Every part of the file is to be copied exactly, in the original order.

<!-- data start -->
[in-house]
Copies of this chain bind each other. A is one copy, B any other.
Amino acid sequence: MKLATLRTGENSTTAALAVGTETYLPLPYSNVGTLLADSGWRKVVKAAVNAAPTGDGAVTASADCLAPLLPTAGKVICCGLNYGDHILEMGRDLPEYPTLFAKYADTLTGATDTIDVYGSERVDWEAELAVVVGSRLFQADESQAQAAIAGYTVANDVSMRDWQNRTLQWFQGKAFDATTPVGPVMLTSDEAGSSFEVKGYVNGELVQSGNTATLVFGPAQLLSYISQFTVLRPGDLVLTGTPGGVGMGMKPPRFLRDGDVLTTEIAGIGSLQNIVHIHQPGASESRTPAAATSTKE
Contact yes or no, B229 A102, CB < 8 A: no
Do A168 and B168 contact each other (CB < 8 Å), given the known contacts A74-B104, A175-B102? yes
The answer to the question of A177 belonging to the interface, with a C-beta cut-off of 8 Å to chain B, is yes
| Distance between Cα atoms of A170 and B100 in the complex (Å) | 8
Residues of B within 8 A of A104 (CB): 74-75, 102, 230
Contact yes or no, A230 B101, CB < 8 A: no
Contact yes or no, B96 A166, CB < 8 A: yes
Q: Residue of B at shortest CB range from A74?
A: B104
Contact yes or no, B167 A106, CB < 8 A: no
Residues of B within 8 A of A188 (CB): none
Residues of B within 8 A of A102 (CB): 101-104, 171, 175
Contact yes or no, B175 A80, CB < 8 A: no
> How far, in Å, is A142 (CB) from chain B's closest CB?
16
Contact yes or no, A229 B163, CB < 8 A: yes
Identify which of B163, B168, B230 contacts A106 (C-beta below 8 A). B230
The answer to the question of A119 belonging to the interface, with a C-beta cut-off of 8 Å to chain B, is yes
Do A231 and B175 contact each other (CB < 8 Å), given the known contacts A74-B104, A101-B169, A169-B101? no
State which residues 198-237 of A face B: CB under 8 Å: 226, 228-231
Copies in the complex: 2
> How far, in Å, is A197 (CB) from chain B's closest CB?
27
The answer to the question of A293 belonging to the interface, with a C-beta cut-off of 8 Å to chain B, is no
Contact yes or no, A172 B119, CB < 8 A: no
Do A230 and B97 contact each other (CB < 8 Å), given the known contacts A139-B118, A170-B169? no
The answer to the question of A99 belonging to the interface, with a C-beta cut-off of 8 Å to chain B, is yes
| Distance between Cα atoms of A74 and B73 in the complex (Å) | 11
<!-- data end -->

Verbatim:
[in-house]
Copies of this chain bind each other. A is one copy, B any other.
Amino acid sequence: MKLATLRTGENSTTAALAVGTETYLPLPYSNVGTLLADSGWRKVVKAAVNAAPTGDGAVTASADCLAPLLPTAGKVICCGLNYGDHILEMGRDLPEYPTLFAKYADTLTGATDTIDVYGSERVDWEAELAVVVGSRLFQADESQAQAAIAGYTVANDVSMRDWQNRTLQWFQGKAFDATTPVGPVMLTSDEAGSSFEVKGYVNGELVQSGNTATLVFGPAQLLSYISQFTVLRPGDLVLTGTPGGVGMGMKPPRFLRDGDVLTTEIAGIGSLQNIVHIHQPGASESRTPAAATSTKE
Contact yes or no, B229 A102, CB < 8 A: no
Do A168 and B168 contact each other (CB < 8 Å), given the known contacts A74-B104, A175-B102? yes
The answer to the question of A177 belonging to the interface, with a C-beta cut-off of 8 Å to chain B, is yes
| Distance between Cα atoms of A170 and B100 in the complex (Å) | 8
Residues of B within 8 A of A104 (CB): 74-75, 102, 230
Contact yes or no, A230 B101, CB < 8 A: no
Contact yes or no, B96 A166, CB < 8 A: yes
Q: Residue of B at shortest CB range from A74?
A: B104
Contact yes or no, B167 A106, CB < 8 A: no
Residues of B within 8 A of A188 (CB): none
Residues of B within 8 A of A102 (CB): 101-104, 171, 175
Contact yes or no, B175 A80, CB < 8 A: no
> How far, in Å, is A142 (CB) from chain B's closest CB?
16
Contact yes or no, A229 B163, CB < 8 A: yes
Identify which of B163, B168, B230 contacts A106 (C-beta below 8 A). B230
The answer to the question of A119 belonging to the interface, with a C-beta cut-off of 8 Å to chain B, is yes
Do A231 and B175 contact each other (CB < 8 Å), given the known contacts A74-B104, A101-B169, A169-B101? no
State which residues 198-237 of A face B: CB under 8 Å: 226, 228-231
Copies in the complex: 2
> How far, in Å, is A197 (CB) from chain B's closest CB?
27
The answer to the question of A293 belonging to the interface, with a C-beta cut-off of 8 Å to chain B, is no
Contact yes or no, A172 B119, CB < 8 A: no
Do A230 and B97 contact each other (CB < 8 Å), given the known contacts A139-B118, A170-B169? no
The answer to the question of A99 belonging to the interface, with a C-beta cut-off of 8 Å to chain B, is yes
| Distance between Cα atoms of A74 and B73 in the complex (Å) | 11